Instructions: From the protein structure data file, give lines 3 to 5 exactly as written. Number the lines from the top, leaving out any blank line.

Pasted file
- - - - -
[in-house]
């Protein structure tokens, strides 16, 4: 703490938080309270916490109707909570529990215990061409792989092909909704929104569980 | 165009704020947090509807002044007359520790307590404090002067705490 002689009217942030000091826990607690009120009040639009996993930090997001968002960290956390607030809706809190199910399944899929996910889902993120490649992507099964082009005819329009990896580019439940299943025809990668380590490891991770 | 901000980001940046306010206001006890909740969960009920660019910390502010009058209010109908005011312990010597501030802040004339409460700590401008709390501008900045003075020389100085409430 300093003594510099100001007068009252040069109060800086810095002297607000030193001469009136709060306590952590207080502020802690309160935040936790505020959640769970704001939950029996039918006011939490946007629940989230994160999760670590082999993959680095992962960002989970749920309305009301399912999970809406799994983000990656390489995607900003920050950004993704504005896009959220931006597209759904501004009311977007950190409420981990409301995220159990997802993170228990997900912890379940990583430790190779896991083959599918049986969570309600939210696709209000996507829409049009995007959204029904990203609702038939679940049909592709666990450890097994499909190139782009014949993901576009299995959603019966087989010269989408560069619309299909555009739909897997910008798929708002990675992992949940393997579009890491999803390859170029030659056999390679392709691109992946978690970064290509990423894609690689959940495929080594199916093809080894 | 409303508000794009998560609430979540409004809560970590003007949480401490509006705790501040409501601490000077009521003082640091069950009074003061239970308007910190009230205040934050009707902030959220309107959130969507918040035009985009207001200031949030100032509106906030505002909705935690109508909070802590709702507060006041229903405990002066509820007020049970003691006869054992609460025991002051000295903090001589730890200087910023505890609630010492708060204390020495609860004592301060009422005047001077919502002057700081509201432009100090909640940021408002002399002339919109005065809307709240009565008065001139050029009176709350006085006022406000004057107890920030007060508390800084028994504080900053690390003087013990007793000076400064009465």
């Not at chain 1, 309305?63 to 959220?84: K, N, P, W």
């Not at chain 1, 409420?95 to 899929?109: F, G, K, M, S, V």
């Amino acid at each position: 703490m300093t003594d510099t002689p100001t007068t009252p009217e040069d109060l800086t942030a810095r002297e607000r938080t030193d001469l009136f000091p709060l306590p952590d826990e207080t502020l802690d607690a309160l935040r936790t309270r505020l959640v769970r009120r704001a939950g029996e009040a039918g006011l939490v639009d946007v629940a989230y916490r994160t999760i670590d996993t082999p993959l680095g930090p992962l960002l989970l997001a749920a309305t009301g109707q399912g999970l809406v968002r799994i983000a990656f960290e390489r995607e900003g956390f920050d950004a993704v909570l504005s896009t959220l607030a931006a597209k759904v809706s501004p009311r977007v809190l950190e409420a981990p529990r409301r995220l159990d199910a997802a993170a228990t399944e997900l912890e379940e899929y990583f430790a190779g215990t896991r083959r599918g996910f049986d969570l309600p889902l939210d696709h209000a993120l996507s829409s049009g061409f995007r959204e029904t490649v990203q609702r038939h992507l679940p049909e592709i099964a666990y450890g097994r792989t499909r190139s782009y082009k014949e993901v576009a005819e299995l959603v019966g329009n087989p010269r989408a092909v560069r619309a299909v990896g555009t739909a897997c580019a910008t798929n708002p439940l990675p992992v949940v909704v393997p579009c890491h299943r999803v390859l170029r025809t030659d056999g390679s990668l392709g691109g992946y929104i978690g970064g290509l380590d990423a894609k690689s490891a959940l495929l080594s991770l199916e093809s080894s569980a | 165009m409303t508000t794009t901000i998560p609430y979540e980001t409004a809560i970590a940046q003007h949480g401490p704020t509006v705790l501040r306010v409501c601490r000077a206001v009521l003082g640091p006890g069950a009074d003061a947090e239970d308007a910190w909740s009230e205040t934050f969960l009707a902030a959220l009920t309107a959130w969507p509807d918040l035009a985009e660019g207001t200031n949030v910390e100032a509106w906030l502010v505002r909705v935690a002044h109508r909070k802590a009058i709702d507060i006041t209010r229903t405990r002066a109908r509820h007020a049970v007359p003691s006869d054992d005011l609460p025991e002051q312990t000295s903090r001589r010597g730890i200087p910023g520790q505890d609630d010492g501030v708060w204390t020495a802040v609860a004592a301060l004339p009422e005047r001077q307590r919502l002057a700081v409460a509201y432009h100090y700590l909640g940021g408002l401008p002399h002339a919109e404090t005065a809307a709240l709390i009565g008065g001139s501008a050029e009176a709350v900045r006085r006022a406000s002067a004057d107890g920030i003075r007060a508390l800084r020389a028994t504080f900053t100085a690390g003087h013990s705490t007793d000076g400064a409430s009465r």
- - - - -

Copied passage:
């Not at chain 1, 309305?63 to 959220?84: K, N, P, W």
């Not at chain 1, 409420?95 to 899929?109: F, G, K, M, S, V």
């Amino acid at each position: 703490m300093t003594d510099t002689p100001t007068t009252p009217e040069d109060l800086t942030a810095r002297e607000r938080t030193d001469l009136f000091p709060l306590p952590d826990e207080t502020l802690d607690a309160l935040r936790t309270r505020l959640v769970r009120r704001a939950g029996e009040a039918g006011l939490v639009d946007v629940a989230y916490r994160t999760i670590d996993t082999p993959l680095g930090p992962l960002l989970l997001a749920a309305t009301g109707q399912g999970l809406v968002r799994i983000a990656f960290e390489r995607e900003g956390f920050d950004a993704v909570l504005s896009t959220l607030a931006a597209k759904v809706s501004p009311r977007v809190l950190e409420a981990p529990r409301r995220l159990d199910a997802a993170a228990t399944e997900l912890e379940e899929y990583f430790a190779g215990t896991r083959r599918g996910f049986d969570l309600p889902l939210d696709h209000a993120l996507s829409s049009g061409f995007r959204e029904t490649v990203q609702r038939h992507l679940p049909e592709i099964a666990y450890g097994r792989t499909r190139s782009y082009k014949e993901v576009a005819e299995l959603v019966g329009n087989p010269r989408a092909v560069r619309a299909v990896g555009t739909a897997c580019a910008t798929n708002p439940l990675p992992v949940v909704v393997p579009c890491h299943r999803v390859l170029r025809t030659d056999g390679s990668l392709g691109g992946y929104i978690g970064g290509l380590d990423a894609k690689s490891a959940l495929l080594s991770l199916e093809s080894s569980a | 165009m409303t508000t794009t901000i998560p609430y979540e980001t409004a809560i970590a940046q003007h949480g401490p704020t509006v705790l501040r306010v409501c601490r000077a206001v009521l003082g640091p006890g069950a009074d003061a947090e239970d308007a910190w909740s009230e205040t934050f969960l009707a902030a959220l009920t309107a959130w969507p509807d918040l035009a985009e660019g207001t200031n949030v910390e100032a509106w906030l502010v505002r909705v935690a002044h109508r909070k802590a009058i709702d507060i006041t209010r229903t405990r002066a109908r509820h007020a049970v007359p003691s006869d054992d005011l609460p025991e002051q312990t000295s903090r001589r010597g730890i200087p910023g520790q505890d609630d010492g501030v708060w204390t020495a802040v609860a004592a301060l004339p009422e005047r001077q307590r919502l002057a700081v409460a509201y432009h100090y700590l909640g940021g408002l401008p002399h002339a919109e404090t005065a809307a709240l709390i009565g008065g001139s501008a050029e009176a709350v900045r006085r006022a406000s002067a004057d107890g920030i003075r007060a508390l800084r020389a028994t504080f900053t100085a690390g003087h013990s705490t007793d000076g400064a409430s009465r």